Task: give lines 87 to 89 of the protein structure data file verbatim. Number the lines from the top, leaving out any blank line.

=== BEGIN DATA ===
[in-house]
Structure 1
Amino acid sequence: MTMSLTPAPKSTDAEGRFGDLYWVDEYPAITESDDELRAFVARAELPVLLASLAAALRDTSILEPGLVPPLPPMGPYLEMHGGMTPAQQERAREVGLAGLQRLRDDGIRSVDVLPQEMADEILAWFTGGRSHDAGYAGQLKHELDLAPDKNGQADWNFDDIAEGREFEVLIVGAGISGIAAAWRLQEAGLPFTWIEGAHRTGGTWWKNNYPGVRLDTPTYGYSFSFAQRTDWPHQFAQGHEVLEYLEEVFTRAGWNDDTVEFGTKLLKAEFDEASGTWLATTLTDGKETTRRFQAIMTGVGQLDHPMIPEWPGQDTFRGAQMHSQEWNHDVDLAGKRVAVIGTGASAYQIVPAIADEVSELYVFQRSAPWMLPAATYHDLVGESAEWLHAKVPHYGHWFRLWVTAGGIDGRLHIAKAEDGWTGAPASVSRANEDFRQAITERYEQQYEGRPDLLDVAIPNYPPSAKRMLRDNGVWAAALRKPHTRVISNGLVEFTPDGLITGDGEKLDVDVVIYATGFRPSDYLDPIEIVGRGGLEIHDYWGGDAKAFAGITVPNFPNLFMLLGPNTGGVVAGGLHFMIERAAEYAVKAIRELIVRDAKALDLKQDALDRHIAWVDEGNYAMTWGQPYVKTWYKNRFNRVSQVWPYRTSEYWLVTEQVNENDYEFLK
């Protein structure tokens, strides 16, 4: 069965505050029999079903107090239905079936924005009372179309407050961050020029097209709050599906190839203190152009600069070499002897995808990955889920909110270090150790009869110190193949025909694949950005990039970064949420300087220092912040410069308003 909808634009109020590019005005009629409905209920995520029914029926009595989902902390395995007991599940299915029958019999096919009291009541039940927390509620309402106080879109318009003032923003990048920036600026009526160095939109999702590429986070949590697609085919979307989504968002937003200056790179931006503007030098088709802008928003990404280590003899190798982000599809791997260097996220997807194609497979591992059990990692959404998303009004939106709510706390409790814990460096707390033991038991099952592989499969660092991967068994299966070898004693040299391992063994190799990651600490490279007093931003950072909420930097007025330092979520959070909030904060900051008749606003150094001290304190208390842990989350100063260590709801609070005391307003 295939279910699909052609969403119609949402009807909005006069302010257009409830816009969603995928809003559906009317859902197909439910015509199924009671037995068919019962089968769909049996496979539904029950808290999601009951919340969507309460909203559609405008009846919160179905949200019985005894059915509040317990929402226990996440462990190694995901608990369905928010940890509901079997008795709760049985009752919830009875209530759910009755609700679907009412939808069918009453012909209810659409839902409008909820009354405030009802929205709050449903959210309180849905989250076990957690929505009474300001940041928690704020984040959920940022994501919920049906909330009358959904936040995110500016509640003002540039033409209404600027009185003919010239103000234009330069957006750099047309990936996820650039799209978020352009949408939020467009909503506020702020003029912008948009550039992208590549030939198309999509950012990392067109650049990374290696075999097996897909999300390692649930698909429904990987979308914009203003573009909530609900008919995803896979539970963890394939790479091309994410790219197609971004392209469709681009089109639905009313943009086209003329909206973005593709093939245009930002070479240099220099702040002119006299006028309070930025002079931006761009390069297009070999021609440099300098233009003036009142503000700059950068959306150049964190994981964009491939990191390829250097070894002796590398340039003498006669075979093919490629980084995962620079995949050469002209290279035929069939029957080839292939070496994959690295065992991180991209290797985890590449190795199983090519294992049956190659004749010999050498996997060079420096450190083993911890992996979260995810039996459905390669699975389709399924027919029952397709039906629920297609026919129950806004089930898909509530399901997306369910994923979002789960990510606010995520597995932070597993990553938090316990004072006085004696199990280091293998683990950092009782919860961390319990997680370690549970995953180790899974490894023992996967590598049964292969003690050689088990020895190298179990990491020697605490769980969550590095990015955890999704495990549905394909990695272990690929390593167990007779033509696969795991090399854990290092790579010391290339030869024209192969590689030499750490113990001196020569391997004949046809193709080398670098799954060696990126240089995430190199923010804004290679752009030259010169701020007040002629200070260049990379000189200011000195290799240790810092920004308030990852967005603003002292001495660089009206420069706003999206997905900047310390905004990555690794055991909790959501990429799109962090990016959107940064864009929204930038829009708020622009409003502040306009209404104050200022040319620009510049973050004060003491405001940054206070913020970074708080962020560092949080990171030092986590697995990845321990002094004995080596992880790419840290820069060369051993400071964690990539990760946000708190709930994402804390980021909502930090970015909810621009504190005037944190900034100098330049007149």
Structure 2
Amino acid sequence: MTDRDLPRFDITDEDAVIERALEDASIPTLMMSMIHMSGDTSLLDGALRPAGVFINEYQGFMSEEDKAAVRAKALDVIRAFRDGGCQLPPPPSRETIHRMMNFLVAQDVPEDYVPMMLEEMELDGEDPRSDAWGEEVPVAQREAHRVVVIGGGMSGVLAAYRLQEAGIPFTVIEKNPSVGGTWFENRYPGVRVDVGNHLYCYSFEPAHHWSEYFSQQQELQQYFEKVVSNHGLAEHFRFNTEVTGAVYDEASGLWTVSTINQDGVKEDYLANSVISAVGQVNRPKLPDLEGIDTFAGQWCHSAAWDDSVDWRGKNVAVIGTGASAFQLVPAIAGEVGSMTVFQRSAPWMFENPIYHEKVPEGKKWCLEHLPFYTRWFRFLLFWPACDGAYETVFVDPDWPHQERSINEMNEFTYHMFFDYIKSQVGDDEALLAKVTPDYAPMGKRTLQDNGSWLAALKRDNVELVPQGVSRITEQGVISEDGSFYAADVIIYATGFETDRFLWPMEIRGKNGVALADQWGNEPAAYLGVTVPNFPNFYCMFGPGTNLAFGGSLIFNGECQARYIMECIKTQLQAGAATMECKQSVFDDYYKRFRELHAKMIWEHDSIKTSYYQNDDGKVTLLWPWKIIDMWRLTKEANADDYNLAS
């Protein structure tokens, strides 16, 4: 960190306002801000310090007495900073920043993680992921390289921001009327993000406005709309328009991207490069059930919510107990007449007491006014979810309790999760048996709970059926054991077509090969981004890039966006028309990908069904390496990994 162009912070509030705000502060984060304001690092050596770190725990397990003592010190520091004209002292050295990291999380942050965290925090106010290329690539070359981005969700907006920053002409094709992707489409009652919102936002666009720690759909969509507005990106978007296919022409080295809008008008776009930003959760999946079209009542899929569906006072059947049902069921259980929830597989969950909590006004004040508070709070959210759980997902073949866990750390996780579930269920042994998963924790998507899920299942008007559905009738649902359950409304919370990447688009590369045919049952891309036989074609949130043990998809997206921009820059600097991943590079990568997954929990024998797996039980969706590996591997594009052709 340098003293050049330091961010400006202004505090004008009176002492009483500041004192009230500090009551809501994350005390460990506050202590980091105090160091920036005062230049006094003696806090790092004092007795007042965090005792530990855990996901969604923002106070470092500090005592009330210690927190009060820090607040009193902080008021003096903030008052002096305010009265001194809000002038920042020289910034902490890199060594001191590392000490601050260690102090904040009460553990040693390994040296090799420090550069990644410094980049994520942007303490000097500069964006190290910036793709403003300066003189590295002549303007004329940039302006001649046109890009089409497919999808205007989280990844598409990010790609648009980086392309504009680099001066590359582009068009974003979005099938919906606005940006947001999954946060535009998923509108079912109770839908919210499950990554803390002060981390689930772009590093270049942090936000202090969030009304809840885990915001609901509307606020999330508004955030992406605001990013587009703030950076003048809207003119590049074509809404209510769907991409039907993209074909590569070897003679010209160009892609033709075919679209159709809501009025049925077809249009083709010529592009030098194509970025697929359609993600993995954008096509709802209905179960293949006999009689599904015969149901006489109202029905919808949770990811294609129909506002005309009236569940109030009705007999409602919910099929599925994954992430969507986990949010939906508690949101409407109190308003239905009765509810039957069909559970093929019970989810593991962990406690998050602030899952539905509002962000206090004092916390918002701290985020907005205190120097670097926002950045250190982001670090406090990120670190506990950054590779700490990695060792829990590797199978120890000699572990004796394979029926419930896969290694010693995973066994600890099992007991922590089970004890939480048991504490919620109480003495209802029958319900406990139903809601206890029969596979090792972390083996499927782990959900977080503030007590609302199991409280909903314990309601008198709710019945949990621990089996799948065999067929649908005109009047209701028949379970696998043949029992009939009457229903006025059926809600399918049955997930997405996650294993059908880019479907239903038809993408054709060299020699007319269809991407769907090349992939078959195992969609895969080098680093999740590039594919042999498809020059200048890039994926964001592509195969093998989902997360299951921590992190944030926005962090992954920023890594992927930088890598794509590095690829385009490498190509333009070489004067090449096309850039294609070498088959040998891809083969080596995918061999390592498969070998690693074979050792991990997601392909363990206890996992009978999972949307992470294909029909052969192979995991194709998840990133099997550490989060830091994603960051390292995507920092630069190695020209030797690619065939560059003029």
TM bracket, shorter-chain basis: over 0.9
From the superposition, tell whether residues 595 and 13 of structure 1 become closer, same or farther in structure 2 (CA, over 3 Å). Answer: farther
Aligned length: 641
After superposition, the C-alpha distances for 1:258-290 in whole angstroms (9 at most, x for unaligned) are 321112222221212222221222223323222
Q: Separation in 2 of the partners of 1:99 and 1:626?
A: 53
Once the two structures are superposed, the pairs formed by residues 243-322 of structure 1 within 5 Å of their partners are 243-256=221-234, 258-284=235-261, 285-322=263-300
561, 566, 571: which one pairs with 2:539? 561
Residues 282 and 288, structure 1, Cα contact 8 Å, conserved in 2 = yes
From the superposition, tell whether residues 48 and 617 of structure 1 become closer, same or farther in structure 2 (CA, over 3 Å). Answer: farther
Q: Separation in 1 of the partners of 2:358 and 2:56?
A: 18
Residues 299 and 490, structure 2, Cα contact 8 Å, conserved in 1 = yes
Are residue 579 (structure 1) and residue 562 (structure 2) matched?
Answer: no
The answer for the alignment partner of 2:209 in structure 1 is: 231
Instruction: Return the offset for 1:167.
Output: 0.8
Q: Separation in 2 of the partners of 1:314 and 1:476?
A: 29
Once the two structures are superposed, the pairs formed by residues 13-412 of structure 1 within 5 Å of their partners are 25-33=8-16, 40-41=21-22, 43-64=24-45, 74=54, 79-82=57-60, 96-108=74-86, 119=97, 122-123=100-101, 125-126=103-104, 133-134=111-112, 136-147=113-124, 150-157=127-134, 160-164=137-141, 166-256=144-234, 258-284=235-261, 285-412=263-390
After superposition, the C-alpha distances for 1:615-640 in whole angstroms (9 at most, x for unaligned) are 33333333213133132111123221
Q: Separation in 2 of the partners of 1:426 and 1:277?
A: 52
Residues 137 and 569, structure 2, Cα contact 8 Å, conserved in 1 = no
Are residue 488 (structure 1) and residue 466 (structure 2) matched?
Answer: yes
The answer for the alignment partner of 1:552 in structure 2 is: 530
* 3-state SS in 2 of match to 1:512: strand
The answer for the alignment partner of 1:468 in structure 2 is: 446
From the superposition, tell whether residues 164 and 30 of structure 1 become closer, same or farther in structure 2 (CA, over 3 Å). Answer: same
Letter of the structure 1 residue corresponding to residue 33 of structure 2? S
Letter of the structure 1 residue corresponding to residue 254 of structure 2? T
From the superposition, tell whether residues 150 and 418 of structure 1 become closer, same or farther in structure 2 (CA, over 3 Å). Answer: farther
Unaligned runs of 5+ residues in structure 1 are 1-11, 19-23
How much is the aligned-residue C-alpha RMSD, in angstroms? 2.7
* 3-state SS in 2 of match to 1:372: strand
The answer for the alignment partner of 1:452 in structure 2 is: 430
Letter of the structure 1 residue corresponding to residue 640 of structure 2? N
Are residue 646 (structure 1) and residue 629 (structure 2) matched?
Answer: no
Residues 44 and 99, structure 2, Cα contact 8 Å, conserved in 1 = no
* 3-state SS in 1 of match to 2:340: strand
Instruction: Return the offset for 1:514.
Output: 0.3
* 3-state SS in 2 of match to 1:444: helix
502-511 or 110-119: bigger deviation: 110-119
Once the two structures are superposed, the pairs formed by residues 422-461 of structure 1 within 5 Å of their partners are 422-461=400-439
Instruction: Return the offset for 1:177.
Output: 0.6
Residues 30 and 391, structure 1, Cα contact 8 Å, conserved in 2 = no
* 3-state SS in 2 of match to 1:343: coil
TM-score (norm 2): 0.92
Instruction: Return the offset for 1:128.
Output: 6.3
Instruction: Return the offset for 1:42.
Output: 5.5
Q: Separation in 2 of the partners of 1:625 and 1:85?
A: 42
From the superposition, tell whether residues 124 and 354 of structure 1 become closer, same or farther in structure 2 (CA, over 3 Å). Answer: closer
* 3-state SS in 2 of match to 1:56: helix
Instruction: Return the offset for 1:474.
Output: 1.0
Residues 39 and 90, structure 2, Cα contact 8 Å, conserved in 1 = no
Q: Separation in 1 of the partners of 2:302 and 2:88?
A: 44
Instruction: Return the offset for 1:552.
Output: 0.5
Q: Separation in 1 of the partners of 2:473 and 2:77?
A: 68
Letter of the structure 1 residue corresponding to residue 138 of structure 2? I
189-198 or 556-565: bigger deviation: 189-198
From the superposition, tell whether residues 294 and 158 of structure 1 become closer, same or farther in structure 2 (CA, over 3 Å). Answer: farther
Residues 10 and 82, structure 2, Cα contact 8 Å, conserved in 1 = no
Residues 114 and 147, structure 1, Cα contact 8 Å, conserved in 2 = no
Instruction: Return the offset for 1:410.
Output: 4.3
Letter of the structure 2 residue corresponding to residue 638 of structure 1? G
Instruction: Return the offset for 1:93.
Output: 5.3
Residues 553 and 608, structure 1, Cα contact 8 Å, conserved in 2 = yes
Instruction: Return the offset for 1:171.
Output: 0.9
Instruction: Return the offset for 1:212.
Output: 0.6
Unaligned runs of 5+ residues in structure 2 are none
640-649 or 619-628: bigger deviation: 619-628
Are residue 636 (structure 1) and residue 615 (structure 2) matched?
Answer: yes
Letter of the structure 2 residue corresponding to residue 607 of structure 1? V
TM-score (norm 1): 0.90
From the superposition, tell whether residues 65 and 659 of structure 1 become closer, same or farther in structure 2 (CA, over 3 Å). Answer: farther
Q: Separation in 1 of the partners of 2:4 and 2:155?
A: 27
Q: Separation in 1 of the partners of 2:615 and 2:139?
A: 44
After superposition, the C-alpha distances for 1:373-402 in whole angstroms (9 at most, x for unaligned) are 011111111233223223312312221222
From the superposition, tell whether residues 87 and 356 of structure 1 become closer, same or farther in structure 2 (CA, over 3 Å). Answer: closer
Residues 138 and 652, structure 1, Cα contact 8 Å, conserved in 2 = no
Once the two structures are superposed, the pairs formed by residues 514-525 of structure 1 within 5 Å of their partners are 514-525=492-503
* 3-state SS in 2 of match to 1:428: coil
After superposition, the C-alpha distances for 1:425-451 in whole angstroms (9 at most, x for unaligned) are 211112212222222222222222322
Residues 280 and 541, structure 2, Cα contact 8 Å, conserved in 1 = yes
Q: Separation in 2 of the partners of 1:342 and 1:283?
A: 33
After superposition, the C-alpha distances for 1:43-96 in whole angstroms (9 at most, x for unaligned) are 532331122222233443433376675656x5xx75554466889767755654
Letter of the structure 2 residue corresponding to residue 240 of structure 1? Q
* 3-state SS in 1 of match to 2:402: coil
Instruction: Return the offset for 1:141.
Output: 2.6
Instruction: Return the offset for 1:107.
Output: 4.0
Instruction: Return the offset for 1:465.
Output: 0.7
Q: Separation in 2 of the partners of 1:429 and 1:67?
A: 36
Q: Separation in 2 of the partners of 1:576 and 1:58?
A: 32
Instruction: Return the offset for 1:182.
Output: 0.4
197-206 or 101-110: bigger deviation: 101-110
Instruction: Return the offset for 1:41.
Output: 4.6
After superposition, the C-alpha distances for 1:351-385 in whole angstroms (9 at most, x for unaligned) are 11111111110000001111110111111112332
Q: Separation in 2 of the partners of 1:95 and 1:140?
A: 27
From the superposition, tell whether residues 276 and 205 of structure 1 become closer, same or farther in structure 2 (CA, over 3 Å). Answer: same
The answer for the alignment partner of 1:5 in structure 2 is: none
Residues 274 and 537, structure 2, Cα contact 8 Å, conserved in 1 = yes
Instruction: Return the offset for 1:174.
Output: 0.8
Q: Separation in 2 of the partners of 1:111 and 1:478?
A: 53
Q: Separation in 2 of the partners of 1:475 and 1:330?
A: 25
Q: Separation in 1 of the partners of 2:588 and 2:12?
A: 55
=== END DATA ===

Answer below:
Output: 5.3
Residues 553 and 608, structure 1, Cα contact 8 Å, conserved in 2 = yes
Instruction: Return the offset for 1:171.